No, that's not a typo in the title. It's just my modified celebratory acronym acknowledging the goodness of the weekend to come, and it stands for Thank-Goodness-It's-Viernes, in tribute to my new, Spanish-speaking country.
Today was the end of my third week of school. I'm teaching a rock-awesome group of fourth graders, and it has been super fun so far! Even still, I love it when the weekend comes, bringing some extra time for exploring Costa Rica and chilling with friends.
Obviously, the weekend comes regardless of what we do, but do you ever have those times when you feel like you have totally earned it? My first weekend of the school year was like that. As usual, my students were amazing, but I still left school Friday feeling completely drained because of something that happened during recess.
Ignacio, or Iggy, is one of my fourth graders. Iggy has autism. People with autism generally have different sensory perceptions than people without autism do. This different sensory perception means that the ordinary sights, sounds, smells, tastes and touches that you or I might not even notice can be downright painful for people with autism, and everyday environments can seem hostile. Understandably, then, Iggy hates fire drills, evacuation alarms, and any other very loud, ongoing sounds, and will often try to hide during these events.
While the fourth- and fifth-graders were playing after lunch on Friday of the first week of school, a ferocious hail storm whipped in, bringing torrents of rain and blasts of thunder and lightning along with it. Gotta love rainy season in the tropics! We all rushed inside to escape the golf ball-sized pellets. Our school's roof is made of tin, so the clamor inside the building, from the storm hammering on the roof, and from the kids' reactions to the storm, was excruciating.
Weaving among the kids careening around on scooters, I managed to corral my students to my classroom to run a quick headcount. "1...2...3...4...there's someone missing. Where's Iggy?" No one knew. I ran out to the hallway to look for him. No Iggy. I ran to the restroom, calling his name. No Iggy. I asked the other teachers to check their classrooms. No Iggy. To my knowledge, he had been missing almost 10 minutes by this time, and it was clear that he was not anywhere in the elementary building. We decided that he must have been overwhelmed by the sounds of the storm, and gone to hide somewhere.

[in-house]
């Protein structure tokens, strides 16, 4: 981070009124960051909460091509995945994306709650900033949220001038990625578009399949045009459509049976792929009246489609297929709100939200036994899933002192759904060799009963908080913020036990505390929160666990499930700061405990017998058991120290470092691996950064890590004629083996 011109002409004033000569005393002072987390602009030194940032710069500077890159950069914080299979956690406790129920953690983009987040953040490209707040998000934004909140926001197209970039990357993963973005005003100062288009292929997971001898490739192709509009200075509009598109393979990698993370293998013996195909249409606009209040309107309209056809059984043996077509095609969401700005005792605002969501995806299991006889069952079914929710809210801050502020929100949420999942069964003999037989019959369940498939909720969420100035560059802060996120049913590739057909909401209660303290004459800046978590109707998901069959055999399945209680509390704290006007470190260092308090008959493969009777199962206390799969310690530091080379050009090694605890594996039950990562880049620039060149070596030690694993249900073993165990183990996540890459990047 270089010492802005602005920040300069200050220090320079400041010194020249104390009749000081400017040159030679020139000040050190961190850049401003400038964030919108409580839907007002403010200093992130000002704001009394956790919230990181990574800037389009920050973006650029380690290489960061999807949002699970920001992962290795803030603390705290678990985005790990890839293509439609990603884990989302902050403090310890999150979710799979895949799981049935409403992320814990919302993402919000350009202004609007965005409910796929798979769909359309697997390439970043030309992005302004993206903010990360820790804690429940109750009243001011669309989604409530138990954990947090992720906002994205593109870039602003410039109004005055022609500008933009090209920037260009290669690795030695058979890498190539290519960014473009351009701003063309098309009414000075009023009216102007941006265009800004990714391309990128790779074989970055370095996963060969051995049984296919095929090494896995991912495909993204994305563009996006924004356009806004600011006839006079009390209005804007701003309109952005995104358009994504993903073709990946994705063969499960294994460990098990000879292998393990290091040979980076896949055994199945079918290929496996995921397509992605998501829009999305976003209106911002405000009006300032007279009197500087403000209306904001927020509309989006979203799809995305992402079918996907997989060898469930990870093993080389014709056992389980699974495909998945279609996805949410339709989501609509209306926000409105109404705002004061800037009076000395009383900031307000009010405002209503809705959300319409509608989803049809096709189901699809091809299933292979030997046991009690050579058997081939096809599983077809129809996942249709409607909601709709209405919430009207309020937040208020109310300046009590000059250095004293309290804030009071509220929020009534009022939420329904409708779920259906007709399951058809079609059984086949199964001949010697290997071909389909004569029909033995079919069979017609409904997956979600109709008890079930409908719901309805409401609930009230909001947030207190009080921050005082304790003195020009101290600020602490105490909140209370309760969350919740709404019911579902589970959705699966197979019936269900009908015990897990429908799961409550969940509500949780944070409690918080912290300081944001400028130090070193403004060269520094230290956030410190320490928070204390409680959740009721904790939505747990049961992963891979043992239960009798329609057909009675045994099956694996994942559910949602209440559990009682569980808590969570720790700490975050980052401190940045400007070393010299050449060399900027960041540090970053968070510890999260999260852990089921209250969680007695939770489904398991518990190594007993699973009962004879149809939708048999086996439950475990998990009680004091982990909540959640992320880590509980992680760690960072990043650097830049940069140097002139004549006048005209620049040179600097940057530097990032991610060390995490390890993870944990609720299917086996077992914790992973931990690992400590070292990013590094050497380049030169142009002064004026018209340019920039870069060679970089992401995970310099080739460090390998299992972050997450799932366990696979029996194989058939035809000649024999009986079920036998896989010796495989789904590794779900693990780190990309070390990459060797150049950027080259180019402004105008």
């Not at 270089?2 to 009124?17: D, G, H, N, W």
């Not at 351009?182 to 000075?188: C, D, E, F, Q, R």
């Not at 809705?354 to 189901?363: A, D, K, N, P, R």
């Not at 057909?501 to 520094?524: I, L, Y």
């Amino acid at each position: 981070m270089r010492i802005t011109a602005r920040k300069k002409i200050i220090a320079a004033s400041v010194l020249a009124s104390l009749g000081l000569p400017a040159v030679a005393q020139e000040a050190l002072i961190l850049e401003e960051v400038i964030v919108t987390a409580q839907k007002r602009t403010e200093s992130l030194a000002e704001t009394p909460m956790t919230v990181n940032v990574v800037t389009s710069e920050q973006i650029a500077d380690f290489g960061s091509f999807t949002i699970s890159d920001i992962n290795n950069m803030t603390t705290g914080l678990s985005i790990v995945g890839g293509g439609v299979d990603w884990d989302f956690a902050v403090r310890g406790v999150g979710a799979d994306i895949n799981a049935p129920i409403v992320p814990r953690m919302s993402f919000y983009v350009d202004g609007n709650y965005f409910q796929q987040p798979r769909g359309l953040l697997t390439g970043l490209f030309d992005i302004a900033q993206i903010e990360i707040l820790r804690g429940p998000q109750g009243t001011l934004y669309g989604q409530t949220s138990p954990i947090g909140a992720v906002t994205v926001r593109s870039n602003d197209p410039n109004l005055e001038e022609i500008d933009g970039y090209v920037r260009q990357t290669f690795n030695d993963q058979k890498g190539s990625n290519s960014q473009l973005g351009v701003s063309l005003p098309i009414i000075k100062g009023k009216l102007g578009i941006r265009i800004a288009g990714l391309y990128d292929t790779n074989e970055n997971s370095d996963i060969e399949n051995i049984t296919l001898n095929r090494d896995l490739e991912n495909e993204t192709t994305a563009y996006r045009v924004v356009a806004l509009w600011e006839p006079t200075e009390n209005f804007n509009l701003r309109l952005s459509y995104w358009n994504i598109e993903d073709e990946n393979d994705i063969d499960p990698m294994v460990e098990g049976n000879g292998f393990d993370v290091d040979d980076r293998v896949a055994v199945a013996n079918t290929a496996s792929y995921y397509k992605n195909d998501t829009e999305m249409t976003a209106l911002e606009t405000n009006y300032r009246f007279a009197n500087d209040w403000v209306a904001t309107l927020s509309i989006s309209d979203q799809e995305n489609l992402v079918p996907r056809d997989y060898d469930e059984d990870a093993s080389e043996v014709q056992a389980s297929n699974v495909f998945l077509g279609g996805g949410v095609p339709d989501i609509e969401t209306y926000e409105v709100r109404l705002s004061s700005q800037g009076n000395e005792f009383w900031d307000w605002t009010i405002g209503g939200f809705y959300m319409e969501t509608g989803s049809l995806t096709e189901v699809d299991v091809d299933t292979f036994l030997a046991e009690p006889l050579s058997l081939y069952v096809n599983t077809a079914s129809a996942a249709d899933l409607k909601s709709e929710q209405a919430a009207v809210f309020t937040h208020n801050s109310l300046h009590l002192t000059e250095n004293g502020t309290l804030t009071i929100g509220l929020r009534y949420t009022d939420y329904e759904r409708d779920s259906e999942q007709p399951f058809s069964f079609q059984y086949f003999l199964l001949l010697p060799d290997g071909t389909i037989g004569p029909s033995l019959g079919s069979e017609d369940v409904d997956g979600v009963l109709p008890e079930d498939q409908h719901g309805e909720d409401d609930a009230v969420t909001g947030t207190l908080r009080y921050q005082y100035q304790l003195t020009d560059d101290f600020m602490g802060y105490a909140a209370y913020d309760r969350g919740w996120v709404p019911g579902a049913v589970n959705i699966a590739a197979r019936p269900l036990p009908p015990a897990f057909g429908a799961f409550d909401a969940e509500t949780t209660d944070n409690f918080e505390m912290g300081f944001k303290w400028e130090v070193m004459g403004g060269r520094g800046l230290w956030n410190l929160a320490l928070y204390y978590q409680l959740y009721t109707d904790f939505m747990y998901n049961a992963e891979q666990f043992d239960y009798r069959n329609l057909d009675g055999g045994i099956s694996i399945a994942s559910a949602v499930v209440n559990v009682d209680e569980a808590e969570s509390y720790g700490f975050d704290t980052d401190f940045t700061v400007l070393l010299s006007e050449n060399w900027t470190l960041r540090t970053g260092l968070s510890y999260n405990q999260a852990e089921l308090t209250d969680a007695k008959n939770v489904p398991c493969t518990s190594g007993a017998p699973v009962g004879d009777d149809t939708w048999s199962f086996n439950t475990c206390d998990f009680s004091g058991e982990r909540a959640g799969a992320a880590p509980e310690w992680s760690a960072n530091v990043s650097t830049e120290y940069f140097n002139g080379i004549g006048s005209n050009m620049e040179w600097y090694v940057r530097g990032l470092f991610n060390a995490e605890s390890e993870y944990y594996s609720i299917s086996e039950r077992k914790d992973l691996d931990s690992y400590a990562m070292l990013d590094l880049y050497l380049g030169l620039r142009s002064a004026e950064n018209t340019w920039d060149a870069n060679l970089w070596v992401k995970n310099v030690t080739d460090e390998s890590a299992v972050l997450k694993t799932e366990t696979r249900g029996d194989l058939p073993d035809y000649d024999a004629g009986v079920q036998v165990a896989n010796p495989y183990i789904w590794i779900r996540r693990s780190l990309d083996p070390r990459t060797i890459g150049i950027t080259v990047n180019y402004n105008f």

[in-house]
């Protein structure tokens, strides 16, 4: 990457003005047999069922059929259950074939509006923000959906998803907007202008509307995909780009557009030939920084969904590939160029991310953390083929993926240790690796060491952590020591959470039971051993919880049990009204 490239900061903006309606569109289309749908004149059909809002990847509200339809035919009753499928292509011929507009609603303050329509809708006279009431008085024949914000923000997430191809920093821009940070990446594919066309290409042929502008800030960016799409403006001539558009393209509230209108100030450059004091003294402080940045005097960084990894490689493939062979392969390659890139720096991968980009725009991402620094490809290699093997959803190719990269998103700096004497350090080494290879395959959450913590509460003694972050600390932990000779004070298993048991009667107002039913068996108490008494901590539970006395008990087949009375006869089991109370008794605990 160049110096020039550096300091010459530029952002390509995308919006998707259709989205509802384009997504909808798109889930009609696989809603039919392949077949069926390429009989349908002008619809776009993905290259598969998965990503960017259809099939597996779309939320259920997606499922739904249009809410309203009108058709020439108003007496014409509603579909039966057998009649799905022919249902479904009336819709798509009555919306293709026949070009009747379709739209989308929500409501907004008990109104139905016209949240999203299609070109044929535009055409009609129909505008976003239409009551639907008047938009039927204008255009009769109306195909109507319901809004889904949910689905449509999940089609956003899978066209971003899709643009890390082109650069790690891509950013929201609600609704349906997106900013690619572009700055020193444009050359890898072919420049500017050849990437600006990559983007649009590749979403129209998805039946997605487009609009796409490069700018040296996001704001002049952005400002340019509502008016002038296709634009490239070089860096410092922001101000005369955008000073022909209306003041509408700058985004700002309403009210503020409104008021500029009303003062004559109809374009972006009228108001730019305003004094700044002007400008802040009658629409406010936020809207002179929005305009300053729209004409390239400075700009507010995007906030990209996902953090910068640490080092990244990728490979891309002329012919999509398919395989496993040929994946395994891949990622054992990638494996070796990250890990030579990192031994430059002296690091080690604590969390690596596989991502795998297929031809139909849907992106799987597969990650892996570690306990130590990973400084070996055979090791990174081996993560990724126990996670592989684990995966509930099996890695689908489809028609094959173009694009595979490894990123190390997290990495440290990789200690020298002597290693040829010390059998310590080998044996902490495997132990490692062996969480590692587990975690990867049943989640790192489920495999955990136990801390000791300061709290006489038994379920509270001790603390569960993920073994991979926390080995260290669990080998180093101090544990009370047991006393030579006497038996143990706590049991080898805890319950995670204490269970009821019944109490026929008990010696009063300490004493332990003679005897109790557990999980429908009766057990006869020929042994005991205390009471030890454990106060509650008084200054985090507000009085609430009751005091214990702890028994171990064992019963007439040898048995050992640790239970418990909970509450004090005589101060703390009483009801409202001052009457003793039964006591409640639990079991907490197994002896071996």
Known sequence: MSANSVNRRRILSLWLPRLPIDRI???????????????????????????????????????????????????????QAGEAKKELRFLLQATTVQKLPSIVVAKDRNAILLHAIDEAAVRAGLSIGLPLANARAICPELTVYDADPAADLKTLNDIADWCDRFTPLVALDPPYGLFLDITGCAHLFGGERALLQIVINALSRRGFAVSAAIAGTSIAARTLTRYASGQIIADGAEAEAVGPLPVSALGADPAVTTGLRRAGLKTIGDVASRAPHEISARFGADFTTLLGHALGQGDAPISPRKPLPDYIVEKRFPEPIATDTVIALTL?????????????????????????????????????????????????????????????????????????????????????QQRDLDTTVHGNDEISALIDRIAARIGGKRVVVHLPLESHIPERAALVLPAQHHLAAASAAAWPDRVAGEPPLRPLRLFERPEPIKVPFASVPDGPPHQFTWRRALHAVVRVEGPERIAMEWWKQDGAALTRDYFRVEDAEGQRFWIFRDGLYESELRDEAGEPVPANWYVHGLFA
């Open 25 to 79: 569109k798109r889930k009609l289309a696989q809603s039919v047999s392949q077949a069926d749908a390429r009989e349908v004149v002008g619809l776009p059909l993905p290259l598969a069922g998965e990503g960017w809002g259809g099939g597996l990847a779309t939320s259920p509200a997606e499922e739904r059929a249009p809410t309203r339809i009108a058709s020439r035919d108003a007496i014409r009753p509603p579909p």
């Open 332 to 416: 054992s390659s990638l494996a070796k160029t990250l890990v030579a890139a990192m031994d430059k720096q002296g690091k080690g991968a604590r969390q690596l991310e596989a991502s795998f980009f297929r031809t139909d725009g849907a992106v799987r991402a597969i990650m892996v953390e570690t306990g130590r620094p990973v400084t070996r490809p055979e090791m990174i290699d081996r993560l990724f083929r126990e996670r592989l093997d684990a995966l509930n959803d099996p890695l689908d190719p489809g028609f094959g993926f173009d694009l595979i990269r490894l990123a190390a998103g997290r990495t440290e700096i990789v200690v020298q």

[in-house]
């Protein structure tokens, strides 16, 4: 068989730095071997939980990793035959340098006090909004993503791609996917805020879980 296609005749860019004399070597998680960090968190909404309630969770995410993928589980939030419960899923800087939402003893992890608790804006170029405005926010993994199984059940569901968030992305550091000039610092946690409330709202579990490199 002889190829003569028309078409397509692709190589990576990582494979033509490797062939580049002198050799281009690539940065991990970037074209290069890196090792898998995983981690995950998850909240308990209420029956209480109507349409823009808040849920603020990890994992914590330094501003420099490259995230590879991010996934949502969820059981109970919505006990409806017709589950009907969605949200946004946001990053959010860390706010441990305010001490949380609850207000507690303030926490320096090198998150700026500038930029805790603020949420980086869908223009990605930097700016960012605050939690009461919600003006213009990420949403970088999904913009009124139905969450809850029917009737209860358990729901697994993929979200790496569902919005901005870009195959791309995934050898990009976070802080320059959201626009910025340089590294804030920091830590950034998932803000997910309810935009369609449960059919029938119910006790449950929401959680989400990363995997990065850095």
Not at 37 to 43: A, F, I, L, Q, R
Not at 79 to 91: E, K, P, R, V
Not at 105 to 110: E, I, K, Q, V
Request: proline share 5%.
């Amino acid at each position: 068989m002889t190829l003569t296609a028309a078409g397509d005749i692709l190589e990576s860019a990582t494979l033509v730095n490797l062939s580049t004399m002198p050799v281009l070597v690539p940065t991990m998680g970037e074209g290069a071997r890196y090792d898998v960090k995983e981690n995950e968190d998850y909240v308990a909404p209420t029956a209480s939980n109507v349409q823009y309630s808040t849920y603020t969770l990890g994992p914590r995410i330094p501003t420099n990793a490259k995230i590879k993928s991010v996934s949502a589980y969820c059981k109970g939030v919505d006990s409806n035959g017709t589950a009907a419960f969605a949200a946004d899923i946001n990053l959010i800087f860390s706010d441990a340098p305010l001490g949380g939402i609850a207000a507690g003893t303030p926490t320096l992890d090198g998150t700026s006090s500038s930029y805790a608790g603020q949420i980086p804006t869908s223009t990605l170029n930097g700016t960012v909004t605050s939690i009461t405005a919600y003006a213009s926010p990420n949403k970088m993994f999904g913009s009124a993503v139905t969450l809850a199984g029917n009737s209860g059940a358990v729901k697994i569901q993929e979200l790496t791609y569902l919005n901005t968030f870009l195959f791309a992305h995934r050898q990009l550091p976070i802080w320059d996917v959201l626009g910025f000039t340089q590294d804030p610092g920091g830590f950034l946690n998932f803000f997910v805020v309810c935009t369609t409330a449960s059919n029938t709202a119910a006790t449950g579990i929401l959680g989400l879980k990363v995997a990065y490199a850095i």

After we scoured the library, the main building, and the gym, with no sign of Iggy, I began checking the play shelters on the playground and the plant stands along the athletic fields. Iggy was not to be found. At that point, it was going on 30 minutes from the time we had last seen Iggy, and all available adults were on the prowl. We began worrying that maybe he had left campus through the guard's gate, which happened to be unlocked at this precise time.
As I rushed crazily through the gym on a second sweep, I saw Iggy's little face peer around the doorway, and heard him call, "Hello, Teacher!" He waved to me, giving me a crooked little smile. I rushed over to give him a big hug, forgetting that I was a walking river. Oh, relief! He was safe! It turns out, he was at his piano lesson the whole time. Being a new teacher, I wasn't aware that he took piano lessons (I am now, I assure you!), and the music room was the one place we hadn't checked. Of course.
Word that Iggy was safe made it back to the elementary building before we did. When we arrived, the rest of the class stampeded to hug Iggy and present him with cards they had crafted while people were out searching for him. I must have still been ashen, because all the other teachers kept stroking my arm, trying to soothe me: "Tranquila, tranquila! [Calm down, calm down.] It's all right! He's ok! Everything's fine now!"
Meanwhile, I was just thinking, "Tranquila? No, no. What I need is TEQUILA, not tranquila!" However, considering they probably don't look favorably upon references to alcohol at an elementary school, I kept that thought to myself. While the students went to Drama class, I went to the girls' restroom to dry my dress under the hand dryer, and then flopped on the comfy chairs in the Book Nook until the students came back for the last block of the day.
Overall, the incident was definitely worthy of a "Hoo, Nellie!" or two. Ah well, you know what they say...all's well that ends well, right?